Learn more: Change These Android Settings to Get the Most Out of Your Phone


Just like with Google Chrome, you can clear the cache from the Mozilla Firefox Android app. To access this function, press the More button to the right of the address bar, again symbolized by three vertically aligned dots. Then press Settings and scroll to Delete browsing data.

Mozilla Firefox’s “Delete Browsing Data” menu on Android.

Screenshot by Mike Sorrentino/CNET

Of the three browsers we are talking about here, Firefox gives you the most options under the Delete browsing data menu, also allowing you to delete all Open tabsyour Navigation history and site data, Site permissions and even your Downloads folder beside Cookies And Cached images and files.

While you can’t choose a time range like you can for Chrome, you can be more specific about the type of data you want to delete.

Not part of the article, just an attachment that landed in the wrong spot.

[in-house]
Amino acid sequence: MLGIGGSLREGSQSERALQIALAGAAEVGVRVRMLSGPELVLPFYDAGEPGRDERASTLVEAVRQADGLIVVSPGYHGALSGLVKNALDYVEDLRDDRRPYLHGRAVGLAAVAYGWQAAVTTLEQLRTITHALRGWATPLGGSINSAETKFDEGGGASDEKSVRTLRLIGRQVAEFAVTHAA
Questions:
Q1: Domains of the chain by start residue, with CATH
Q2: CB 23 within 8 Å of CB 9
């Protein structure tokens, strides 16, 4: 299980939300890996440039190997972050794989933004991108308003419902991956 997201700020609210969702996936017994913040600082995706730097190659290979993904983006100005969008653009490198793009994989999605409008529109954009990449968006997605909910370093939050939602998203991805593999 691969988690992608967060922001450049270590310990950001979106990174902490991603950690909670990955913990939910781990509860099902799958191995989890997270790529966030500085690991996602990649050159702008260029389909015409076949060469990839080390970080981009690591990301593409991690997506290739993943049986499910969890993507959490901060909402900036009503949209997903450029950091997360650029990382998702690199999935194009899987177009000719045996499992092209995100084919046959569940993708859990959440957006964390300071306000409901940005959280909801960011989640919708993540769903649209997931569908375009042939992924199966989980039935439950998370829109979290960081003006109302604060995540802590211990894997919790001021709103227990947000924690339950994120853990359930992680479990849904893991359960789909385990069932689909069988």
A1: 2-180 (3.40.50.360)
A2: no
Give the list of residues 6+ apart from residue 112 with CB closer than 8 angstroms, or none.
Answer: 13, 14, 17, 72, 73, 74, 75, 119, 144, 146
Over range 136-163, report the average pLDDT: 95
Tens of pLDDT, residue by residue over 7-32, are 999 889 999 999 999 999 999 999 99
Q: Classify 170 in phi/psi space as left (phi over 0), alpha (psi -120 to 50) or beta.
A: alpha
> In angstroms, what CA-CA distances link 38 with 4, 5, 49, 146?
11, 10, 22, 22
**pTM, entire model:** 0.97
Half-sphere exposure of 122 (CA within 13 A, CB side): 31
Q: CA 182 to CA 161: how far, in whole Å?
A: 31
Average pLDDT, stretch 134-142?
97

Learn more: Browser Privacy Settings to Change ASAP in Firefox, Chrome, and Safari

And Firefox has an extra option for those who never want to keep their browsing data after they finish using the app. Inside the settings is a Delete browsing data on exit option, which instructs Firefox to clear any combination of these same settings each time you quit the application. This is a useful feature if you want to keep the browser tidy and, for example, avoid accidentally handing over your browser history to someone who might have stolen or had access to your phone.